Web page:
And the new regime? Well, again the nation will be effectively split into three regions, Kurdish Mosul, Shia Basra, and Sunni Baghdad. The Kurds already have an autonomous democracy, with a Prime Minister, and a semblance of an Army, no doubt given a last minute polish by this war. They will continue to hold the North and to exercise a rather benign authority. The Shia south? Well that will be their own experiment, but it couldn't possibly hurt their chances for creating a decent civil state in that there will be a plethora of US troops (and will have had to have had a great deal of assistance from US Spec Forces during the war because they do not have a Kurd style local militia). And around Baghdad? Well I can only imagine the flood of foreign advisers, French, Russia, and the like, who will rush to the capitol following Saddam's ouster.

Or, in the other scenario, where we stay, but WE put in "another Saddam"

Picture a replay of the first half of the Gulf War. Lets say there is a massive US invasion with only a limited use of Kurd and Shia rebels. Lets say there is a siege of Baghdad and some Elite Republican Guardsmen actually fight for a few days?

Well, still, inevitably, the Saddamite resistance will fail, crushed by time and firepower. Saddam will probably go out like Hitler, with cyanide in a bunker or maybe even his own VX gas? Still, the nation falls into the absolute control of the US military.

After all this trouble with Saddam, does anyone REALLY think we would simply put another guy like him in power? Another military man? Not a chance! In fact, it is very, very likely, obviously, that we would follow much the same route as in Afghanistan, finding a non-military man of some local respect as an interim leader, and then directing the Iraqis to reform their society, rebuild any infrastructure damage, and elect a new leader.

As far as economic aide, I realize that Afghanistan hasn't gotten much (from Europe and others, mainly, largely the US has delivered its portion of promised funds), but Iraq is a different egg. Essentially the don't need any economic aid dollars. Really. All they need is the embargo lifted and their economy will take off with a start. Unlike Afghanistan they have working cities, working banks, working markets, etc. Unlike Afghanistan, they have oil. All they need is to be allowed to sell oil and buy goods and they are "good to go".

And it doesn't much matter if the US stays as an occupying force for very long. I realize this goes against conventional wisdom and event he plans of the Bush Administration. But really, if the US actually follows through with the current threats of action with real military force, what post-Saddam regime will forget that? Do we really need to hold their hand after kicking their butt? I don't think so.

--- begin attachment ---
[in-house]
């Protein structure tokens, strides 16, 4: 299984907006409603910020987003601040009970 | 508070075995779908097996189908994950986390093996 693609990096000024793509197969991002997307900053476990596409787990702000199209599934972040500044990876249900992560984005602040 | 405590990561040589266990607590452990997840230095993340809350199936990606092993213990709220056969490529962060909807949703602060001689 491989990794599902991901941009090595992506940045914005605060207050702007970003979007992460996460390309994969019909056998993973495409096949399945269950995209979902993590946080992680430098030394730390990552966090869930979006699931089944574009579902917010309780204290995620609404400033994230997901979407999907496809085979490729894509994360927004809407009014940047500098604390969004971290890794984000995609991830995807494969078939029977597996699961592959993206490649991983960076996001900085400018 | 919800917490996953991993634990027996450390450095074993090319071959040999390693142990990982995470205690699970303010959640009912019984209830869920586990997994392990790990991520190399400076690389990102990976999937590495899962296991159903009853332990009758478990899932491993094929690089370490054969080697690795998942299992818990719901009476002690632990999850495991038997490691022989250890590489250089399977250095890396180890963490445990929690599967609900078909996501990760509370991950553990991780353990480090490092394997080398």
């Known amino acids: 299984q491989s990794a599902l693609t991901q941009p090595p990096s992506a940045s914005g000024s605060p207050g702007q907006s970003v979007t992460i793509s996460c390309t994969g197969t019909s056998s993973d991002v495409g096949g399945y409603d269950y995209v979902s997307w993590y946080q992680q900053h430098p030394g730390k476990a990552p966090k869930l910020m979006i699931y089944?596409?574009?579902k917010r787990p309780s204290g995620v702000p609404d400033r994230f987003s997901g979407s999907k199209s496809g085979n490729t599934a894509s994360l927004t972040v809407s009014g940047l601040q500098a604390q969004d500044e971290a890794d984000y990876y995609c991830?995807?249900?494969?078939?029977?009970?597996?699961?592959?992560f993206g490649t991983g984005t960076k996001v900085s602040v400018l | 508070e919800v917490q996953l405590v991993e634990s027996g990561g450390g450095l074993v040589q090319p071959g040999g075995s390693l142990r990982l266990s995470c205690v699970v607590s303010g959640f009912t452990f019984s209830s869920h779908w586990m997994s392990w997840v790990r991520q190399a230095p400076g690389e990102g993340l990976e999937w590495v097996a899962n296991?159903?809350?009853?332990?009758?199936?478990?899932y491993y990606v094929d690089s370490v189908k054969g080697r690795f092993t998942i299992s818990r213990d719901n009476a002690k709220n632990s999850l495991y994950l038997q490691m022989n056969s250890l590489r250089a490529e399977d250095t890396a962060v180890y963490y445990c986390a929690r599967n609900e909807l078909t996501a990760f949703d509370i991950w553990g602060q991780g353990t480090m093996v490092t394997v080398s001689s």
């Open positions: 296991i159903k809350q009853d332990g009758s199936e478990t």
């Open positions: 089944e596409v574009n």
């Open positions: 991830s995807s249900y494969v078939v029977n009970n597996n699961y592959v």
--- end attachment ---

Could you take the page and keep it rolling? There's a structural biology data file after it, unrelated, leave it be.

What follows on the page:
Any way you conceive of it, once Saddam falls Iraq will have plenty of opportunity, and military and economic incentive, to join the fold, as it were, and to create a new, reformed, democratic society.

You Say Democracy Cant Work In the Middle East, because they have no experience with this?

For those of you who say "How can they, with out any past experience of this in Iraq, or indeed in the Middle East?!". Well, I would like to point out the obvious to us all. When the 13 colonies revolted against the British Crown they were a first. America had never really experienced Democracy itself. The political rule of the colonies had been that of near absolute monarchy itself.

Think about it, each colony had a Governor General appointed by the Crown of England. This governor exercised absolute authority. In a few of the colonies local assemblies in the counties and towns might have exercised some autonomy. On the other hand, there were no established political parties, and those assemblies that did meet were limited to landed male gentry. Many towns were essentially ruled by the churches or even by one powerful minister.

In the colonies' neighborhood Democracy was also just as unknown. In the French sections of Canada the French Crown exercised much the same rule as the British with appointed absolute rulers. In Mexico the Spanish Empire exercised absolute military control. And in the hinterlands lived a fast multitude of very different native tribes, some of which practiced a democracy of sorts, others of which were organized around a military warrior culture. And back in Europe the only democracy in 1776 was the Swiss federation, itself alternately under the thumb of French military authority. In truth, how does this scenario differ much from that of Iraq today?

In another comparison to the birth of the United States let me point to the role of the French. The French were ruled by an absolute monarch during our entire revolt. This was in itself a tough position for the French Crown to take, siding with subjects against their king. But he did so for the geopolitical gain of applying pressure against his English rivals. And the colonists were in a touch position, taking the assistance of an absolute monarch to support their liberal rebellion, but we took this aide because we needed it.

After our successful revolution the French soon followed suit. And we had no problem allying ourselves with the new French authorities. From both directions, when the French assisted us, and when the French revolted themselves, an argument could be made that the support of the rebels was contrary to past policies of supporting the established regimes. However, at that time, maybe people were better about using their heads to change their minds when their values, new info came in, and geopolitical realities allowed for a change of tune.

In Conclusion

The fact that a people have never yet known successful civilian and democratic rule is no argument for not helping them to a position where they can try it out themselves. Having once helped their tyrant secure his rule over a people is ZERO reason not to see the light, change your ways, and help the people overthrow the tyrant.

The Iraqis deserved to be allowed an opportunity to try REAL democratic self-rule. They may indeed fail, and what would stop us from redeploying troops then? But they have every likely hood of succeeding, as much as we did! And they do have the Kurdish example in the North. At any rate, they deserve to try and we should help them to secure this opportunity.

Sean: Saturday, February 01, 2003 [+] |

Copyright (c) 2003-2008 Sean LaFreniere


Copyright 2003-2009 by Sean LaFreniere